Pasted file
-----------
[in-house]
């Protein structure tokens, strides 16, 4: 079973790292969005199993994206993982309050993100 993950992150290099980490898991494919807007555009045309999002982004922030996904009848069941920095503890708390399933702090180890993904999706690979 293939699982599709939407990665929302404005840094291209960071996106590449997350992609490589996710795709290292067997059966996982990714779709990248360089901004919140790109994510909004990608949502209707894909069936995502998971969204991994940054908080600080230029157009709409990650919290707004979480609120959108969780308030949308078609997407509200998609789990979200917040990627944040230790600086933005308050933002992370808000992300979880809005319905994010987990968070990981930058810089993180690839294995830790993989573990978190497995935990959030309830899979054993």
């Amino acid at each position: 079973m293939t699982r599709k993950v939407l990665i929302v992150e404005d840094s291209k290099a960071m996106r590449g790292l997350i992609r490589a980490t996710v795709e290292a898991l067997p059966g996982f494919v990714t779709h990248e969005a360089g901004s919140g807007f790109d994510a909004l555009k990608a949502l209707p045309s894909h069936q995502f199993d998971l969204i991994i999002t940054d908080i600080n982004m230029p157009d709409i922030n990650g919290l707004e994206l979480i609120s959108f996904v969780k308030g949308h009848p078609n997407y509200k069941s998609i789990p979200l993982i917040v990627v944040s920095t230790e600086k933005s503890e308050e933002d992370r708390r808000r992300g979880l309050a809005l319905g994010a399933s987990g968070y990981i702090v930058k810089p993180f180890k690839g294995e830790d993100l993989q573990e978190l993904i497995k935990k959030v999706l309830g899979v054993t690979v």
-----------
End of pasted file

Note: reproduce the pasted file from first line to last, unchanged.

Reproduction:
[in-house]
């Protein structure tokens, strides 16, 4: 079973790292969005199993994206993982309050993100 993950992150290099980490898991494919807007555009045309999002982004922030996904009848069941920095503890708390399933702090180890993904999706690979 293939699982599709939407990665929302404005840094291209960071996106590449997350992609490589996710795709290292067997059966996982990714779709990248360089901004919140790109994510909004990608949502209707894909069936995502998971969204991994940054908080600080230029157009709409990650919290707004979480609120959108969780308030949308078609997407509200998609789990979200917040990627944040230790600086933005308050933002992370808000992300979880809005319905994010987990968070990981930058810089993180690839294995830790993989573990978190497995935990959030309830899979054993």
């Amino acid at each position: 079973m293939t699982r599709k993950v939407l990665i929302v992150e404005d840094s291209k290099a960071m996106r590449g790292l997350i992609r490589a980490t996710v795709e290292a898991l067997p059966g996982f494919v990714t779709h990248e969005a360089g901004s919140g807007f790109d994510a909004l555009k990608a949502l209707p045309s894909h069936q995502f199993d998971l969204i991994i999002t940054d908080i600080n982004m230029p157009d709409i922030n990650g919290l707004e994206l979480i609120s959108f996904v969780k308030g949308h009848p078609n997407y509200k069941s998609i789990p979200l993982i917040v990627v944040s920095t230790e600086k933005s503890e308050e933002d992370r708390r808000r992300g979880l309050a809005l319905g994010a399933s987990g968070y990981i702090v930058k810089p993180f180890k690839g294995e830790d993100l993989q573990e978190l993904i497995k935990k959030v999706l309830g899979v054993t690979v």